And I said, look, I don't know whether this is true or not, but I have every reason to believe that I'm of Jewish background and so they said so what, our president is not anti-Semitic and so it was not until Michael Dobbs from the "Washington Post" went and did all kinds of research.

And presented me with this horrifying story of the number of people that have died in concentration camps and so here I was secretary of state. I couldn't go and investigate it all myself and I've likened it to being asked to represent your country in a marathon. And being given a very heavy package to carry and unwrap as I ran. So I asked my brother and sister to go to the Czech Republic to begin to investigate the story and they did and I have now picked up the threads in this new brook.

BLITZER: The book is a beautiful book, well researched and documented. "Prague Winner, A Personal of Remembrance and War 1937, 1948" Madeleine Albright, the former secretary of state is the author.

I have written a review of it on our blog as well as Madame Secretary, as usual, thanks very much.

ALBRIGHT: Thank you, Wolf. Good to be with you.


BLITZER: Congratulations to Madeleine Albright. She's one of this year's upcoming recipients of the presidential Medal of Freedom. It's the nation's highest civilian honor.

President Obama says of the honourees and I'm quoting now, "They've challenged us. They have inspired us and they have made the world a better place.

Madeleine Albright as you know was the first woman to become the United States secretary of state.

The snack advertisement that hit a sour note, that's ahead right here on THE SITUATION ROOM.


BLITZER: CNN's Jeanne Moos takes a closer look at an Oreo uproar.


JEANNE MOOS, CNN NATIONAL CORRESPONDENT (voice-over): It's not just a feeding frenzy, it's a breast feeding frenzy over this image of this suckling baby clutching an Oreo.

UNIDENTIFIED FEMALE: It's weird. It's just kind of weird. Jarring but it's not evil.

MOOS: You would think it's evil, the way we in the media are redacting the action, and on a fish to hide the baby's fish like puckering. The caption reads milk's favorite cookie. It's not everyone's favorite image.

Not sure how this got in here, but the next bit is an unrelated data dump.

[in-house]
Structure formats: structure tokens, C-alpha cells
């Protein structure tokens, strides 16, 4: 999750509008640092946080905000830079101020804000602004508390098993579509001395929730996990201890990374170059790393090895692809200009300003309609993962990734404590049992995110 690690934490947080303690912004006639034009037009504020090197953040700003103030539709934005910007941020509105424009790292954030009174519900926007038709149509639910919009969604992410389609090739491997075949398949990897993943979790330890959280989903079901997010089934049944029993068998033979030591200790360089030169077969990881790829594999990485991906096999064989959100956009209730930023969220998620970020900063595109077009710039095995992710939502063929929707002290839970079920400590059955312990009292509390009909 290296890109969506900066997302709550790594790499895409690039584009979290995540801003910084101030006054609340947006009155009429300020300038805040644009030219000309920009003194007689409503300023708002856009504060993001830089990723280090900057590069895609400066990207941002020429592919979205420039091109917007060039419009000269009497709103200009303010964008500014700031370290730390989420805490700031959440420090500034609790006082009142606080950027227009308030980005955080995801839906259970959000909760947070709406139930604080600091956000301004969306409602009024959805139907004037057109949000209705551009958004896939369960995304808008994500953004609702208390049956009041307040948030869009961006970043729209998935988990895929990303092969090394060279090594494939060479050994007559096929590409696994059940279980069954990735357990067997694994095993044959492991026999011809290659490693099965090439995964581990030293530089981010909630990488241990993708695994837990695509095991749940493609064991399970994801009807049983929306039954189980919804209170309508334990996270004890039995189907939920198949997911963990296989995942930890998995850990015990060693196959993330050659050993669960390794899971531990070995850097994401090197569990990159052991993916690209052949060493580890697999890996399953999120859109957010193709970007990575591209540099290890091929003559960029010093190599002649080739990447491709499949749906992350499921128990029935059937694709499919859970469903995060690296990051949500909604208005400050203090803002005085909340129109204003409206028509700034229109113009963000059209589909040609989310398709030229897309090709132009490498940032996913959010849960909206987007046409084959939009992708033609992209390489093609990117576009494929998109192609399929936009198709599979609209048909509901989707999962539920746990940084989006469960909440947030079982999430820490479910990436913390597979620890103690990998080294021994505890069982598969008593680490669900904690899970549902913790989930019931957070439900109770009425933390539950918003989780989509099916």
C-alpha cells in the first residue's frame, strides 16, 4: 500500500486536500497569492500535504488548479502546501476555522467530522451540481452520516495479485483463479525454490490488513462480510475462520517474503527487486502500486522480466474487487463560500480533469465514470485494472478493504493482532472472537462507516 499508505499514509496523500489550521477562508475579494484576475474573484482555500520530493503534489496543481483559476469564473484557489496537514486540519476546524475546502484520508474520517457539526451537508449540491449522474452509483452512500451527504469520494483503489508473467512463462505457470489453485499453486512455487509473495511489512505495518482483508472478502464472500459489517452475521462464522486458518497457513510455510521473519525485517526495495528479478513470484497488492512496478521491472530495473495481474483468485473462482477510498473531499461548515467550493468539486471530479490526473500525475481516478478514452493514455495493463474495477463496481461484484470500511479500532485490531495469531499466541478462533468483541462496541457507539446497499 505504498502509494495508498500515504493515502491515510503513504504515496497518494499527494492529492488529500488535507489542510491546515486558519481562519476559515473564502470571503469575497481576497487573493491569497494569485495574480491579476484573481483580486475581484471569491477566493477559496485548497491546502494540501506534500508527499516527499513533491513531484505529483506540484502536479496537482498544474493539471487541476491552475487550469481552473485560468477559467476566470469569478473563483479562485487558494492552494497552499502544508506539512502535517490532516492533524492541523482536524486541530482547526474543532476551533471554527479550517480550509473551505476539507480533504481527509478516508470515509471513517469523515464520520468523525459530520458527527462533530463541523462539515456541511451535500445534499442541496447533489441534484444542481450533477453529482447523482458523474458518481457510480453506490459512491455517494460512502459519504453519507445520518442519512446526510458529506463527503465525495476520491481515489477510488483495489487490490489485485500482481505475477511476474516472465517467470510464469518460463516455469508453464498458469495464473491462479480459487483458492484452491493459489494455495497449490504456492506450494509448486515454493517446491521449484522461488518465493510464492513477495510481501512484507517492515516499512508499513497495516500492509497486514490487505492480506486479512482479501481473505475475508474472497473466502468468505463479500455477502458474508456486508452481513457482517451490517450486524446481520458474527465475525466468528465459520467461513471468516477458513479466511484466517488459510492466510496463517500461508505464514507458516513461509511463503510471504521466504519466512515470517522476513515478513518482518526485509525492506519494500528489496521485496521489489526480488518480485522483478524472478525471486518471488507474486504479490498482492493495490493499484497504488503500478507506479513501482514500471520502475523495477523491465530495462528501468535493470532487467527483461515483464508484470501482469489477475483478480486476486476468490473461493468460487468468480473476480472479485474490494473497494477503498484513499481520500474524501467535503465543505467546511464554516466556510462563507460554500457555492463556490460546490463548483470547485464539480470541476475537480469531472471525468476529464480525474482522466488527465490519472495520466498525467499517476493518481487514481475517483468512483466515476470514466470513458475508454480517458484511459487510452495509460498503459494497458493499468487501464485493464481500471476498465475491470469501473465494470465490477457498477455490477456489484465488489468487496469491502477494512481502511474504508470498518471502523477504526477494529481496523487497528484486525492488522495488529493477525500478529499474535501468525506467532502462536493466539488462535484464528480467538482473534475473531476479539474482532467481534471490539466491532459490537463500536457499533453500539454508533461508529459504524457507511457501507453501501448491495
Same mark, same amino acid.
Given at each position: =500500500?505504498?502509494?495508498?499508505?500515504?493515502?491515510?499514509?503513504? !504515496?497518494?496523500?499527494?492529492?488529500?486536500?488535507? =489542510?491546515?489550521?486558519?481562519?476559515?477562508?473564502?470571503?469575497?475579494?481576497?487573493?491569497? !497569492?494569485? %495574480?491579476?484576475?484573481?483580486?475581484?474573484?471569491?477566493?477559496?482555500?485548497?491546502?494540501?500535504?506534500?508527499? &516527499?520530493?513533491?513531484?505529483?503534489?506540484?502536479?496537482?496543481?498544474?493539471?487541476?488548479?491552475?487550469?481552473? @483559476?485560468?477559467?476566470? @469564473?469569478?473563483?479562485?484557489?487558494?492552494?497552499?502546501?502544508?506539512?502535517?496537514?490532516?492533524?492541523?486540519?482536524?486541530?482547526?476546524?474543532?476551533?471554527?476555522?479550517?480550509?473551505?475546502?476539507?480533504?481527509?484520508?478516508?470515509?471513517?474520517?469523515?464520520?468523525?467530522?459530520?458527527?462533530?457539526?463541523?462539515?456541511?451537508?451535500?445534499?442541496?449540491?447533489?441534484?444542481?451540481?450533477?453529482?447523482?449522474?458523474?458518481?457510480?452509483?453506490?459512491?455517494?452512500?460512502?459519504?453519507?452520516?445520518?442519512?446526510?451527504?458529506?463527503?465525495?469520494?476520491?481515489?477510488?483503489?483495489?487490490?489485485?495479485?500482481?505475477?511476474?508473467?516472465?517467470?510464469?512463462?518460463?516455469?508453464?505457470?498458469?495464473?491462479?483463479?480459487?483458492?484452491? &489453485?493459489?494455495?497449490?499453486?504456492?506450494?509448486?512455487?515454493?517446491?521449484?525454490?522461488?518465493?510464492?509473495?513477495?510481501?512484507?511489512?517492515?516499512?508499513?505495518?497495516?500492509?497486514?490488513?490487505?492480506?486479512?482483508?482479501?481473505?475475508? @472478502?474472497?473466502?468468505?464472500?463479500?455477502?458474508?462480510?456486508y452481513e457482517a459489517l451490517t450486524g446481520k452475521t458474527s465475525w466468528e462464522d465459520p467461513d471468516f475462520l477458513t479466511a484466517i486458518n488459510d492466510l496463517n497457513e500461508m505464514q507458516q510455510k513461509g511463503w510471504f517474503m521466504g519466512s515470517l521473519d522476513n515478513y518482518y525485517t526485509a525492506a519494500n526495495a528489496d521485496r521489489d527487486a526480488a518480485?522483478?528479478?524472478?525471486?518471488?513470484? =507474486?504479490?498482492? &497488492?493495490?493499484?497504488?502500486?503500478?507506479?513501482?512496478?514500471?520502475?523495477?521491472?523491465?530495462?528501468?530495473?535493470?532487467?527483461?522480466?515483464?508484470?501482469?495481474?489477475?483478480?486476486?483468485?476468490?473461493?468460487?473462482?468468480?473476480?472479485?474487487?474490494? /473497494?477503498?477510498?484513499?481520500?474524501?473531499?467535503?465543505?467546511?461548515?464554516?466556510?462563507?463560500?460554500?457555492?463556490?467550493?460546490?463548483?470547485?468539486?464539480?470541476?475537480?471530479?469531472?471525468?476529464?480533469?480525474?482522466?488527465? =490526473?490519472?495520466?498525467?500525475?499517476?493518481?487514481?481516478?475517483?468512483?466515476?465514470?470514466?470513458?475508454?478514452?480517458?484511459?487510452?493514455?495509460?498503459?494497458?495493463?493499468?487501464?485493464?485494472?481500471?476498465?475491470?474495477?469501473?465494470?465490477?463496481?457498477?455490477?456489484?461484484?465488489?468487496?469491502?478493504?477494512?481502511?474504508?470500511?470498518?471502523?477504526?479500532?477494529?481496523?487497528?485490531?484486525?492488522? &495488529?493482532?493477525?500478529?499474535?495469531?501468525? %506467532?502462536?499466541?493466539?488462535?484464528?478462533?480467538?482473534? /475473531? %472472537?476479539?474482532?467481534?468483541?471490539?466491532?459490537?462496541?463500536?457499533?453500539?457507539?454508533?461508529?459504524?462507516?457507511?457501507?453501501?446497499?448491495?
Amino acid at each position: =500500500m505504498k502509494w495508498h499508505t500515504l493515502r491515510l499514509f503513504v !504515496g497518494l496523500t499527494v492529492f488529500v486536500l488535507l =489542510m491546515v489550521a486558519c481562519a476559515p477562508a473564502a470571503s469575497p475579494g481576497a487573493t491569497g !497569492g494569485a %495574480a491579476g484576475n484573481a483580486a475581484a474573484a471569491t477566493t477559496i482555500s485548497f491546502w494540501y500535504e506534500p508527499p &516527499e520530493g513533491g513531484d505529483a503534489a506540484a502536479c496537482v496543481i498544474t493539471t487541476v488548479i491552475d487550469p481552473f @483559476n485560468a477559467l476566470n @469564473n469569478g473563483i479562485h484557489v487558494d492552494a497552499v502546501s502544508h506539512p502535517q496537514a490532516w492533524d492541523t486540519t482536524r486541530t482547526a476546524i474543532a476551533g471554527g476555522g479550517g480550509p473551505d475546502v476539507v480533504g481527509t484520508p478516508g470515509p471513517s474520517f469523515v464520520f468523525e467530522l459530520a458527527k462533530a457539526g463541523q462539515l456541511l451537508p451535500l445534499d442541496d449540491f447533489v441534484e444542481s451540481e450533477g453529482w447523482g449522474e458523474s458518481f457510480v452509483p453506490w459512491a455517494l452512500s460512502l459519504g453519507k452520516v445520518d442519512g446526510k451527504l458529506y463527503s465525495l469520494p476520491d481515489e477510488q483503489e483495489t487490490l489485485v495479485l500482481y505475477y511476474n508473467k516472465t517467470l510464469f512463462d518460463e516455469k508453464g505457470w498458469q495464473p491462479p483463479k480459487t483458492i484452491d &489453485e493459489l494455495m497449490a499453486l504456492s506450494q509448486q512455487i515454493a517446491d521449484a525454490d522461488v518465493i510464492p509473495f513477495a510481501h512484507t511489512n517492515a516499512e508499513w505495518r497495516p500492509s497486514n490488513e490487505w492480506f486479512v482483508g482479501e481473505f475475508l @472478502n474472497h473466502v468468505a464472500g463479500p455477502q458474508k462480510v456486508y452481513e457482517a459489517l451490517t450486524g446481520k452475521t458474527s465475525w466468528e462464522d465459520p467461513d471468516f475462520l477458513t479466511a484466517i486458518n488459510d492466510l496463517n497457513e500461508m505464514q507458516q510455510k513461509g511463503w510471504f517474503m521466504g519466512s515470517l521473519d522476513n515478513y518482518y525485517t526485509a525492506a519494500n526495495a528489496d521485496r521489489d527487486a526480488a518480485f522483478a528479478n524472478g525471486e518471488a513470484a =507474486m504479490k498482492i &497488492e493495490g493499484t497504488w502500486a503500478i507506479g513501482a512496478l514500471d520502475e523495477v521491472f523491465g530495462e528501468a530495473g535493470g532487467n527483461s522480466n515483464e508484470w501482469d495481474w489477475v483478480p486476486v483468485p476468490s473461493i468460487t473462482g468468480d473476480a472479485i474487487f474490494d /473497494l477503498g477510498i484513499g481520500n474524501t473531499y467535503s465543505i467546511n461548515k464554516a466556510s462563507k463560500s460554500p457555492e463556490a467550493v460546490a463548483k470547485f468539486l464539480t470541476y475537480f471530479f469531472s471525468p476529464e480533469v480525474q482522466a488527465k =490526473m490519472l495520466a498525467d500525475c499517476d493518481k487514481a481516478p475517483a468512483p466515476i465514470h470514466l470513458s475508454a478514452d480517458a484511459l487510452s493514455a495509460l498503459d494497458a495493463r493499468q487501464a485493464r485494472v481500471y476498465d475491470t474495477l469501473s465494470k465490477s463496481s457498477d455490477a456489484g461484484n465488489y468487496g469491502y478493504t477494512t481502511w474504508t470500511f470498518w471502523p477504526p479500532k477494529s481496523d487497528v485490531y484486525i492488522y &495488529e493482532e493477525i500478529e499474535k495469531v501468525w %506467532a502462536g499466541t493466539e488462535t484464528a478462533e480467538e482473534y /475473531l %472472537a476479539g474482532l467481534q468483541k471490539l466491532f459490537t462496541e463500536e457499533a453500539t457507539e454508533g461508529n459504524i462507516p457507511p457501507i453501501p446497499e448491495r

UNIDENTIFIED FEMALE: This is not good.

MOOS: Some say childhood obesity makes this the wrong message.

UNIDENTIFIED FEMALE: Oreos are sugar and we need to get off of sugar.

MOOS: Others cite the ick factor about showing breastfeeding, which this woman disputes. UNIDENTIFIED FEMALE: No what is icky about a mother feeding its child?

MOOS: On blogs where mothers with infants congregate there's tons of praise. The Oreo breast feeding ad is pure awesome sauce. Kraft said we didn't make it. This visual was created by our agency for a one- time use at an advertising awards program. It was never intended for public distribution.

MOOS (on camera): Does it make you want an Oreo?

UNIDENTIFIED FEMALE: It makes me feel a little bit weird about Oreo.

MOOS: Does it make you want an Oreo?


MOOS: How about a breast?


MOOS: But long before this ad surfaced, there were videos on YouTube featuring real babies breast feeding and munching cookies. Poor baby, the trouble with that is you can't dunk. It maybe the Oreo's 100th Anniversary. But they were news to this woman originally from South Africa.

(on camera): Does this make you want a cookie?

UNIDENTIFIED FEMALE: I want one of these Oreo things.

MOOS: Not to be confused ford the technical term for the anatomy at issue. Jeannie Moos, CNN --

UNIDENTIFIED FEMALE: Oreo. I know you, you're funny.

MOOS: New York.


BLITZER: Jeanne is very, very funny. That does it for me. Thanks very much for watching. I'm Wolf Blitzer in THE SITUATION ROOM. The news continues next on CNN.